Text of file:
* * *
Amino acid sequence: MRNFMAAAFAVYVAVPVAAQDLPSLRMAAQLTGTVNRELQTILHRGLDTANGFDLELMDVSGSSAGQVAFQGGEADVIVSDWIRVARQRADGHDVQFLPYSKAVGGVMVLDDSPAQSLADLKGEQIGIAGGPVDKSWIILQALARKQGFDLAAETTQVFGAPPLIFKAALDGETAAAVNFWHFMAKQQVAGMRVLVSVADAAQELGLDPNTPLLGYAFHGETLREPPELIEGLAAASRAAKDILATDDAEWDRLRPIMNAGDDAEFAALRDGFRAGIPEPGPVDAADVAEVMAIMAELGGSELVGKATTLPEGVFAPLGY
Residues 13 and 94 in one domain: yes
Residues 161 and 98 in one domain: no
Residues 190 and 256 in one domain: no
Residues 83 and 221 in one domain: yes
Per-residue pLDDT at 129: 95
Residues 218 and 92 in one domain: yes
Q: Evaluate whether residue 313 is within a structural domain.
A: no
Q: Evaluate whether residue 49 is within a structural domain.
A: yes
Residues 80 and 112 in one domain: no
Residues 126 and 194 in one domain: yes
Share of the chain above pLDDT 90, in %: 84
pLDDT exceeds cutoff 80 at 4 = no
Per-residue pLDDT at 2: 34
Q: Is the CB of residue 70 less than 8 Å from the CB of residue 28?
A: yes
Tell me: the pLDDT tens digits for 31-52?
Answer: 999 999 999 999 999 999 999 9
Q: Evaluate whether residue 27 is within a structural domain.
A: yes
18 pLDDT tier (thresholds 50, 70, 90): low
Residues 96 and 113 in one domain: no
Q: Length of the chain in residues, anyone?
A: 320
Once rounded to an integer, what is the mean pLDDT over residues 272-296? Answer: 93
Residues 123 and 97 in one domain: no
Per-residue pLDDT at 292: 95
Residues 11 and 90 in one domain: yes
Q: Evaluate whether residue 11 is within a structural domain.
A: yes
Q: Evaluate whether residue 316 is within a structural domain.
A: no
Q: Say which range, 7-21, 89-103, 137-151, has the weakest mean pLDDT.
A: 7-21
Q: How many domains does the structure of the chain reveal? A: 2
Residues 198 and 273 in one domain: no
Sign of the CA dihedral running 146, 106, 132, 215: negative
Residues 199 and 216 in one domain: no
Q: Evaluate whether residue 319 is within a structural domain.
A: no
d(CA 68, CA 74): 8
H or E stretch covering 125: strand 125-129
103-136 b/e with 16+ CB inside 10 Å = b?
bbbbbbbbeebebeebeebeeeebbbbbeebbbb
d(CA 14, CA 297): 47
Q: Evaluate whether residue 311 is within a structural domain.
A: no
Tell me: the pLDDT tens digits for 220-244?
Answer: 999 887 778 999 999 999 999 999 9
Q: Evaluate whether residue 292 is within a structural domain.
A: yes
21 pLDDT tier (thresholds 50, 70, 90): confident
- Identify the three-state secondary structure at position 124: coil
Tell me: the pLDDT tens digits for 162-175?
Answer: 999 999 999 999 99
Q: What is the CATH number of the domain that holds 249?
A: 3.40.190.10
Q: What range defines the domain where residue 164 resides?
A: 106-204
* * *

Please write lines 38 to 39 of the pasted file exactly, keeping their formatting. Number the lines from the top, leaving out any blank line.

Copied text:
Residues 198 and 273 in one domain: no
Sign of the CA dihedral running 146, 106, 132, 215: negative